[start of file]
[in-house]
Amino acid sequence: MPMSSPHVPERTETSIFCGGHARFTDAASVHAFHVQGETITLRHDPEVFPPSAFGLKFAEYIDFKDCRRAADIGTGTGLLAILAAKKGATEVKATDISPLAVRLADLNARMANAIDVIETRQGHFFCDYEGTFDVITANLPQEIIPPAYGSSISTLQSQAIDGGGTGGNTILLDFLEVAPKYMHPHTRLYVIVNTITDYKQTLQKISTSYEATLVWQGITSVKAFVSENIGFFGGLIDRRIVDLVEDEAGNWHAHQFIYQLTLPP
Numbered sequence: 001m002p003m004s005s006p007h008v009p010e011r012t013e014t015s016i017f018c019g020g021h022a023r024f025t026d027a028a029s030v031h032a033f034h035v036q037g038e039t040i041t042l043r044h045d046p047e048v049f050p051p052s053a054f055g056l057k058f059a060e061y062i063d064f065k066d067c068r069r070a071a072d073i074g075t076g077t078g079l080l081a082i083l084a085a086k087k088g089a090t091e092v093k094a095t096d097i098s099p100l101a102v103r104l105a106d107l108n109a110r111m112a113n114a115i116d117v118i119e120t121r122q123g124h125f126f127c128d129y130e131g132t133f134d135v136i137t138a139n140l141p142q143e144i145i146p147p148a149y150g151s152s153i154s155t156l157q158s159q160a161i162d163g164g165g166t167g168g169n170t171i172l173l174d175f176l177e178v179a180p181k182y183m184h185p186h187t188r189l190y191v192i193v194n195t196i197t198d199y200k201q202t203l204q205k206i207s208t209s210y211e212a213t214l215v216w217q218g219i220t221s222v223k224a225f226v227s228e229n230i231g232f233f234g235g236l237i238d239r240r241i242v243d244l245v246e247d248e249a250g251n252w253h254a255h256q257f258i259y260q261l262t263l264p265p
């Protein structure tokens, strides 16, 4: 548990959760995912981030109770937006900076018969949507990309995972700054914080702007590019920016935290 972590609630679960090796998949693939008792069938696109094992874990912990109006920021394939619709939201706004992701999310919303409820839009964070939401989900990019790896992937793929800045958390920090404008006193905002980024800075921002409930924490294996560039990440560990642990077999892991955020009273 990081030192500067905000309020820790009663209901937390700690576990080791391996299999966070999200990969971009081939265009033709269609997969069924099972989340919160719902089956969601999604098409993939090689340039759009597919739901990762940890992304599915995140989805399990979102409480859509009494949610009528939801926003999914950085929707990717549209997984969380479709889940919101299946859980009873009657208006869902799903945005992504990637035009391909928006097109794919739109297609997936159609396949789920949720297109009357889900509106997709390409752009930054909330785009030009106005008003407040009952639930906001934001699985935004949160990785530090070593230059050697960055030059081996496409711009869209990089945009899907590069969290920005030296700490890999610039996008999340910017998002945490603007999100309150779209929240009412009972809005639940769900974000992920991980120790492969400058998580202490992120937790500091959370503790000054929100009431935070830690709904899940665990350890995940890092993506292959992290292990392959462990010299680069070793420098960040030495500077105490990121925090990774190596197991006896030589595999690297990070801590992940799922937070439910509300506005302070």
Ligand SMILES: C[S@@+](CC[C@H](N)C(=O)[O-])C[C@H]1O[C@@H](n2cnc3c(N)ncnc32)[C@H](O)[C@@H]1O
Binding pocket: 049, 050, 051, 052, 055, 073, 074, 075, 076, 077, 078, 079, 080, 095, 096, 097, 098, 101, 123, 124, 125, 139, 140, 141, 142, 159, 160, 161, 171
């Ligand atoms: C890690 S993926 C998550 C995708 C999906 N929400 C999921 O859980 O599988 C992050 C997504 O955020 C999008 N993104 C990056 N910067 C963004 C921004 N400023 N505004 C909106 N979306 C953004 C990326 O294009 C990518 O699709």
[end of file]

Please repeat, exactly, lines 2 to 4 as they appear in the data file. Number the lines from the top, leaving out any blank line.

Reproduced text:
Amino acid sequence: MPMSSPHVPERTETSIFCGGHARFTDAASVHAFHVQGETITLRHDPEVFPPSAFGLKFAEYIDFKDCRRAADIGTGTGLLAILAAKKGATEVKATDISPLAVRLADLNARMANAIDVIETRQGHFFCDYEGTFDVITANLPQEIIPPAYGSSISTLQSQAIDGGGTGGNTILLDFLEVAPKYMHPHTRLYVIVNTITDYKQTLQKISTSYEATLVWQGITSVKAFVSENIGFFGGLIDRRIVDLVEDEAGNWHAHQFIYQLTLPP
Numbered sequence: 001m002p003m004s005s006p007h008v009p010e011r012t013e014t015s016i017f018c019g020g021h022a023r024f025t026d027a028a029s030v031h032a033f034h035v036q037g038e039t040i041t042l043r044h045d046p047e048v049f050p051p052s053a054f055g056l057k058f059a060e061y062i063d064f065k066d067c068r069r070a071a072d073i074g075t076g077t078g079l080l081a082i083l084a085a086k087k088g089a090t091e092v093k094a095t096d097i098s099p100l101a102v103r104l105a106d107l108n109a110r111m112a113n114a115i116d117v118i119e120t121r122q123g124h125f126f127c128d129y130e131g132t133f134d135v136i137t138a139n140l141p142q143e144i145i146p147p148a149y150g151s152s153i154s155t156l157q158s159q160a161i162d163g164g165g166t167g168g169n170t171i172l173l174d175f176l177e178v179a180p181k182y183m184h185p186h187t188r189l190y191v192i193v194n195t196i197t198d199y200k201q202t203l204q205k206i207s208t209s210y211e212a213t214l215v216w217q218g219i220t221s222v223k224a225f226v227s228e229n230i231g232f233f234g235g236l237i238d239r240r241i242v243d244l245v246e247d248e249a250g251n252w253h254a255h256q257f258i259y260q261l262t263l264p265p
């Protein structure tokens, strides 16, 4: 548990959760995912981030109770937006900076018969949507990309995972700054914080702007590019920016935290 972590609630679960090796998949693939008792069938696109094992874990912990109006920021394939619709939201706004992701999310919303409820839009964070939401989900990019790896992937793929800045958390920090404008006193905002980024800075921002409930924490294996560039990440560990642990077999892991955020009273 990081030192500067905000309020820790009663209901937390700690576990080791391996299999966070999200990969971009081939265009033709269609997969069924099972989340919160719902089956969601999604098409993939090689340039759009597919739901990762940890992304599915995140989805399990979102409480859509009494949610009528939801926003999914950085929707990717549209997984969380479709889940919101299946859980009873009657208006869902799903945005992504990637035009391909928006097109794919739109297609997936159609396949789920949720297109009357889900509106997709390409752009930054909330785009030009106005008003407040009952639930906001934001699985935004949160990785530090070593230059050697960055030059081996496409711009869209990089945009899907590069969290920005030296700490890999610039996008999340910017998002945490603007999100309150779209929240009412009972809005639940769900974000992920991980120790492969400058998580202490992120937790500091959370503790000054929100009431935070830690709904899940665990350890995940890092993506292959992290292990392959462990010299680069070793420098960040030495500077105490990121925090990774190596197991006896030589595999690297990070801590992940799922937070439910509300506005302070």